A Scots computer expert is to stand trial in America on charges connected with a date rape drug.
Mr Calder faces deportation to the US over the GHB claims
David Calder, 35, from Aberdeen, is facing deportation to California over claims he imported ingredients from the UK to America to make the drug GHB.
Calder appealed against the decision of Edinburgh Sheriff Court that the extradition should go ahead.
His legal team had argued his alleged crimes did not constitute extradition offences as he had never left Scotland.
He had appealed against the decision of Scottish ministers to uphold his extradition.
In a written judgment three appeal judges said they were duty-bound to uphold treaty obligations between countries, including the United States.
The judges, who heard the appeal at the Appeal Court in Edinburgh, said the fact Calder was not in America at the time of the alleged crimes was irrelevant, as his alleged criminal conduct could still be seen to occur there.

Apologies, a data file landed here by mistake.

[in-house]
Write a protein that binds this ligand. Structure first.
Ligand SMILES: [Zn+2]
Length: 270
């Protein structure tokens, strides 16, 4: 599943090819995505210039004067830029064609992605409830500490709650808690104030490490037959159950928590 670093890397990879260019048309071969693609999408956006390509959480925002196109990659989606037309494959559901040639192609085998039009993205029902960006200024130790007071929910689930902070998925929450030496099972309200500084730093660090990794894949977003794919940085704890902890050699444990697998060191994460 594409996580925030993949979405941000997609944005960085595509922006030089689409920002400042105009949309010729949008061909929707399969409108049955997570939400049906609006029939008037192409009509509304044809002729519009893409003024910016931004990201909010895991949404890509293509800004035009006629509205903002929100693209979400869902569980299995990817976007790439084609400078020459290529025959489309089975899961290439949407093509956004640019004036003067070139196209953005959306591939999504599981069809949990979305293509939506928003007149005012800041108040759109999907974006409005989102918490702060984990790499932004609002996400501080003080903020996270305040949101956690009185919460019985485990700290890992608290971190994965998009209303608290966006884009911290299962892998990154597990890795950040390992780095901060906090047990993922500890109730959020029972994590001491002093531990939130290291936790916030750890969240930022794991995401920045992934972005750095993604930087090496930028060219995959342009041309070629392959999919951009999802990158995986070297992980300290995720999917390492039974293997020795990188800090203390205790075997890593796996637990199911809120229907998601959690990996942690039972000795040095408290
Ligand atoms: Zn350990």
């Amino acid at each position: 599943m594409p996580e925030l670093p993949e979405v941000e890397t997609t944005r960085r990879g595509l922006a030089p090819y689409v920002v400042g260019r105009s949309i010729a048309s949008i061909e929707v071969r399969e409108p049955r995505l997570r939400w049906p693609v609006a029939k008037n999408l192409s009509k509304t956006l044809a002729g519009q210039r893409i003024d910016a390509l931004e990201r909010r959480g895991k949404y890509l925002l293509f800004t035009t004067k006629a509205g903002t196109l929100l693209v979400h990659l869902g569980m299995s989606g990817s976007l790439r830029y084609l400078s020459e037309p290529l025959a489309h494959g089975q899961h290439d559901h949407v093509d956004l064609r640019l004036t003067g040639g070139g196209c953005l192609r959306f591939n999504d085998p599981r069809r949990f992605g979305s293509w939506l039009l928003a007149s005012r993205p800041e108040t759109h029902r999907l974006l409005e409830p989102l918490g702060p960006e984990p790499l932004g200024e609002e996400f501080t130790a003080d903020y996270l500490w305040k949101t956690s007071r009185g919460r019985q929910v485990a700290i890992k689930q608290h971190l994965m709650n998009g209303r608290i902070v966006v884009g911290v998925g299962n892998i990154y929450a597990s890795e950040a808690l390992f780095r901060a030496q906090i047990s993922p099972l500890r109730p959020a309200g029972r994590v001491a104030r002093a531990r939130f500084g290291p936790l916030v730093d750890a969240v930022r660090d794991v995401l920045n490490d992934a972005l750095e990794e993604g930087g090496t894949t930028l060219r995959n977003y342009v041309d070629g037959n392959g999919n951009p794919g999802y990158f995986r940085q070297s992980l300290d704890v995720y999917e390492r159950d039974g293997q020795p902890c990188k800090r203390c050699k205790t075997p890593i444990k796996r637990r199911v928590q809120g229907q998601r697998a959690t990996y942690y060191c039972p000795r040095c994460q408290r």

The statement said: "In our view conduct can properly be interpreted as occurring in the place where it has effect.
"Thus a person may, quite consistently with the ordinary use of language, be said to import materials into the United States even though he never leaves Scotland."
The appeal judges added: "Although the appellant was at no relevant stage physically present in the United States, his actions in the United Kingdom allegedly resulted in the commission of serious crimes in that country, affecting or potentially affecting a large number of people there."
Calder is also accused of conspiring to manufacture GHB, while acting with another man and importing chemicals with the intention that they would be used for human consumption.
He also faces money laundering charges.
His legal team claimed his extradition was not necessary under the Human Rights Act 1988.
They will now take their case to the Privy Council.